I have a secret. The truth about how autism affected me. 

It may seem that I share a lot of personal stuff on here but psssst, come close….I’ll tell you a secret – I don’t share everything.

I mentioned at the start of the year, I am going to give an honest account of our experience so that means letting you in on something I haven’t written about before. It’s about a bumpy time I went through a few months ago…


The strains of autism have made me feel completely powerless, exhausted and defeated. I got to a point where I needed help – quite literally for my sanity. I felt as though my mental and emotional health was starting to suffer. I was tearful a lot. Would literally cry at every battle we had (and everything can be a battle some days!), I was emotionally drained from the constant defiance in getting anything done, physically sore from the kicks, pinches and slaps (who knew a 4 year old could be so goddamn strong?) The silence from actual conversation was deafening. Ordinarily he should, by now be saying “Whyyyy?” after everything and really questioning the world around him.  The permanent need to ask closed (yes/no) questions (and not always getting a response) was overwhelming.  I was bitterly jealous of the picture perfect lives people portray through social media and of my friends with ‘normal’  children, particularly those with younger children who were now hitting milestones that for us were still out of reach – possibly always will be. Heck, my soon to be one year old has hit milestones I’ve been working on for ages with my 4.5 year old…that’s tough!  I was starting to resent my child. Actually, it was his autism I resented afterall that’s what was making everything feel so difficult. SO INCREDIBLY DIFFICULT.  The 24hr on call demands of autism was all consuming and it zapped everything away that I was before. I had nowhere to escape so I cried. A lot. I WAS NOT COPING. Many professionals have questioned what support I get having only seem a 5 minute snapshot of how bloody hard the simplest of tasks can be. Yet none of them offered any help when I said I didn’t receive support, as though it was always someone else’s bag. They pushed me from pillar to post always saying “…I’ll pass your details to so and so…” and all that happened was I got so confused with who knew what and I never really knew what roles everyone was fulfilling.The only after care after diagnosis was a 2 hour session about autism.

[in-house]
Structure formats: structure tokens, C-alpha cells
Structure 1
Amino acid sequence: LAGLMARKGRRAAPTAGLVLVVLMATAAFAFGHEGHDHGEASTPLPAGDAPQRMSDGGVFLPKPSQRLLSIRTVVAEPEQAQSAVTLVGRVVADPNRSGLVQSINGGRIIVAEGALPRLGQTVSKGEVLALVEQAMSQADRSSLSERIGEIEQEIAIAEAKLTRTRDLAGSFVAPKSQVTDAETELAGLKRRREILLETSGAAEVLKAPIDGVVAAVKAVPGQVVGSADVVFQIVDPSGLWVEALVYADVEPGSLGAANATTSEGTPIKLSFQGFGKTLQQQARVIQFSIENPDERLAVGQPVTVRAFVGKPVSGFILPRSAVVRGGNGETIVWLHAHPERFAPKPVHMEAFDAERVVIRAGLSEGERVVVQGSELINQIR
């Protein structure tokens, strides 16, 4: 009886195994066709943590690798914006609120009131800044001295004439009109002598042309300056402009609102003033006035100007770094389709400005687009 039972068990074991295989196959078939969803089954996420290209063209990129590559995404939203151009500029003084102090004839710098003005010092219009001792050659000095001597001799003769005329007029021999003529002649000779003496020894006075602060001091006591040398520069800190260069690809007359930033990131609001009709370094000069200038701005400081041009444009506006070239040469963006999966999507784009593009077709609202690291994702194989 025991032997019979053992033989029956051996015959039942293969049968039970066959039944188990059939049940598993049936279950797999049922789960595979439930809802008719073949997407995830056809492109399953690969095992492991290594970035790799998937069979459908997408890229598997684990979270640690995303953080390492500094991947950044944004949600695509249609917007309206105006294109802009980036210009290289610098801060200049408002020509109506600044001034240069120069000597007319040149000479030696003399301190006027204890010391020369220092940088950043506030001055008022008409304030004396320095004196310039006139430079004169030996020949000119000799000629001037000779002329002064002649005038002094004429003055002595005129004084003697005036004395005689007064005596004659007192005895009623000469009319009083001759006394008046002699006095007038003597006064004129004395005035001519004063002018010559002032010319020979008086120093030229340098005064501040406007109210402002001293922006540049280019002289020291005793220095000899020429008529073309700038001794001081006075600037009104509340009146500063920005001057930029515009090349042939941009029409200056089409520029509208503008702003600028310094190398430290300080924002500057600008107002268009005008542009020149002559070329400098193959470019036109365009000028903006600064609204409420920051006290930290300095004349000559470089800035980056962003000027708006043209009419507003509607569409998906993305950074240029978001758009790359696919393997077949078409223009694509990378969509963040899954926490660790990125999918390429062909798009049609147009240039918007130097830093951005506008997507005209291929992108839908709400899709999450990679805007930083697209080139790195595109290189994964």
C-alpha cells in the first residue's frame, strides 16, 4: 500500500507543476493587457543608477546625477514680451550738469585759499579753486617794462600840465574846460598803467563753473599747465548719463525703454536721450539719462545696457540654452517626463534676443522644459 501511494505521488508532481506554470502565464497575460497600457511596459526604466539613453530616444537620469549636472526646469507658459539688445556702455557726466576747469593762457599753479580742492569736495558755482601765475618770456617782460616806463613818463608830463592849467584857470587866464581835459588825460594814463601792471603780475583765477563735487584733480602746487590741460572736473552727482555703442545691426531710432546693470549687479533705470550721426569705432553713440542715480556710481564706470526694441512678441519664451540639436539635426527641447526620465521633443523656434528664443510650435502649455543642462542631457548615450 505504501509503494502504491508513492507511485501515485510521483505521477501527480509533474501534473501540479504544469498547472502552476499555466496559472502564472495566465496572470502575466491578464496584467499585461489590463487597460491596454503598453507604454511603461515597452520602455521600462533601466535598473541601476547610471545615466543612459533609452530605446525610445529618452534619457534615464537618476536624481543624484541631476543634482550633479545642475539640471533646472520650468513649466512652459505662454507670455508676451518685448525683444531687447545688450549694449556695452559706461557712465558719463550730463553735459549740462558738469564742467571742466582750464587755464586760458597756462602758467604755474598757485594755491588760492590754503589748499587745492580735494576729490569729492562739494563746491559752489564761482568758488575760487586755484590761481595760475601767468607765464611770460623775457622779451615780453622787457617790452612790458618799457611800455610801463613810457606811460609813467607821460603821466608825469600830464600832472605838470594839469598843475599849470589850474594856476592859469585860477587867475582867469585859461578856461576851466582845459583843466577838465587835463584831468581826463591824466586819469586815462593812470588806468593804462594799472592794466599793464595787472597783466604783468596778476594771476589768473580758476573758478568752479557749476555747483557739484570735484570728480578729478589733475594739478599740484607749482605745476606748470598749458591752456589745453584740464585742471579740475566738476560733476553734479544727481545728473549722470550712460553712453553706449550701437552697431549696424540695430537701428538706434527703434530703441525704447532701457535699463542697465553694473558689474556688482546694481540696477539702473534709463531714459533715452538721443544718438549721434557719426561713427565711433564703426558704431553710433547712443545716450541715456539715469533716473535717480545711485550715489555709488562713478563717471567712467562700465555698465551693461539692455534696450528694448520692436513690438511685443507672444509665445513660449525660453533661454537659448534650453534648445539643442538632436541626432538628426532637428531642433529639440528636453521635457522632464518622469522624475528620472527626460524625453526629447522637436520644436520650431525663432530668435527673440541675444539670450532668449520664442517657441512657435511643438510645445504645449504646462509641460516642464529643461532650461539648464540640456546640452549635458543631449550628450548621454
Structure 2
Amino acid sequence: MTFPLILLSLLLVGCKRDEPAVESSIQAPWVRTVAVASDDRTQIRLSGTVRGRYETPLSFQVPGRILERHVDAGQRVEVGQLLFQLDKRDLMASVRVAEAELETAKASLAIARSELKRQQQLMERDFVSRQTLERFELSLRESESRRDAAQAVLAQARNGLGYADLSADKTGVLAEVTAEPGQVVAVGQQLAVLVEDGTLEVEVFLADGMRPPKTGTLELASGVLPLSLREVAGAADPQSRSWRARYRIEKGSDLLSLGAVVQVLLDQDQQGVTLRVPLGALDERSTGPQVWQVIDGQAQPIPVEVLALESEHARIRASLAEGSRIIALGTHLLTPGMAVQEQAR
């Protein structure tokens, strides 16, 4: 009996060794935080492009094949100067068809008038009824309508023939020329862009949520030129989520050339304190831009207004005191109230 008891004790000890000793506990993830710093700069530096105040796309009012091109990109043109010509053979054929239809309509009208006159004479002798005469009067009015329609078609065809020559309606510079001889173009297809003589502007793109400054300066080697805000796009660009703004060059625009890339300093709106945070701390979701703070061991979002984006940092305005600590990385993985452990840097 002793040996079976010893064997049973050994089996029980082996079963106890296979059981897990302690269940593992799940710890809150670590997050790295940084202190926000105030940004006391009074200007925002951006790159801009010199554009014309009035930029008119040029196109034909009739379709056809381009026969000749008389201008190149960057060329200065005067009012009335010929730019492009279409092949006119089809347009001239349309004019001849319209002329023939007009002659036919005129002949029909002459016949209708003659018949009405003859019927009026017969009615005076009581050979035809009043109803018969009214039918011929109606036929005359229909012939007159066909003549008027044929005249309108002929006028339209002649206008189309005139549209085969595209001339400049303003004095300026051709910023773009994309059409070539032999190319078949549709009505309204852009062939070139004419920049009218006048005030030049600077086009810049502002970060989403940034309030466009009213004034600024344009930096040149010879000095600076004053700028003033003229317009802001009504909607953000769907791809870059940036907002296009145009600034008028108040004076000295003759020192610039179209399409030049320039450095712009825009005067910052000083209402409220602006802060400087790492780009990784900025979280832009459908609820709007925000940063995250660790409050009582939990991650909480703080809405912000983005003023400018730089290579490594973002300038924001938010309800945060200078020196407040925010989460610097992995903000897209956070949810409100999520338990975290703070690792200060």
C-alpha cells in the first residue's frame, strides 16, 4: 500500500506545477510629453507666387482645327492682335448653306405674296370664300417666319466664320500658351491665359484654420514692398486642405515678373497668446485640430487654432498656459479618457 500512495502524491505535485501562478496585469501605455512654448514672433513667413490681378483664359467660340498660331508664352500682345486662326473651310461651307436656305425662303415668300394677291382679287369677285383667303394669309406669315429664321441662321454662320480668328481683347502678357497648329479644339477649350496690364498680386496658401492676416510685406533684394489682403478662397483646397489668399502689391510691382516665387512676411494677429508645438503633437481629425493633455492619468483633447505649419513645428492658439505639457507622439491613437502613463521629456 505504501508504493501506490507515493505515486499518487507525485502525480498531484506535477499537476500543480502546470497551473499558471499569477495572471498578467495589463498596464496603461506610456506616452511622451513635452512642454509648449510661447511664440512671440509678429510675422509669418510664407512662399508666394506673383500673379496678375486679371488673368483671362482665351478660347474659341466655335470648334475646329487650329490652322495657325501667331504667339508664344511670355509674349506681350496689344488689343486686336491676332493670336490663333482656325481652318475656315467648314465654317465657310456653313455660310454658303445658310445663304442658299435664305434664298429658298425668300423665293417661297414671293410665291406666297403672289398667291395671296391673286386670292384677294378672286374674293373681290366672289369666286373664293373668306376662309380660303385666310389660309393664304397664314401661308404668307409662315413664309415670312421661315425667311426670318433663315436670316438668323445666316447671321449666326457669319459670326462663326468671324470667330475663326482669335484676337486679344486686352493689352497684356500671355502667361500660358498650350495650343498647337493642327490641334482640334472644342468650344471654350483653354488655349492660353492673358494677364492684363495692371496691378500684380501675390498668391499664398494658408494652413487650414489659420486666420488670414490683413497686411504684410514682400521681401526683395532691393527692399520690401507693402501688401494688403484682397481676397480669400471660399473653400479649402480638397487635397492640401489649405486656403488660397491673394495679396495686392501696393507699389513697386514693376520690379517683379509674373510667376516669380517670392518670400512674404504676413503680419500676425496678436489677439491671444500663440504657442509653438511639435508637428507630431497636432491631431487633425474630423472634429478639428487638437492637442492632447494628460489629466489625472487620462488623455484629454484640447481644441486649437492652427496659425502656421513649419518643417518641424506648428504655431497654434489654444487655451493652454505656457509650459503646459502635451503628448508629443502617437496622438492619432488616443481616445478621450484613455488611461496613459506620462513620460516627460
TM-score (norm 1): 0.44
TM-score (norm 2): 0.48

A diagnosis is LIFE CHANGING.

The entire ending to your life story changes, every chapter gets re-written to accommodate the challenges that autism brings to daily life.  They liken a diagnosis to a period of grief. It’s so true, I’m not sure that will ever go.

The turning point… 

I received a call from nursery one day to say I needed to pick him up. He had headbutted a table out of frustration and bust open his eyebrow and needed to go to get checked out. I remember going to collect him, tears absolutely streaming down my face. 

But it wasn’t because he had hurt himself. It was because I was robbed of the extra few hours to myself, because I had to contend with the usual challenges of having him at home. 

My boy was hurt and I was more concerned about not getting my free time away from him. Wow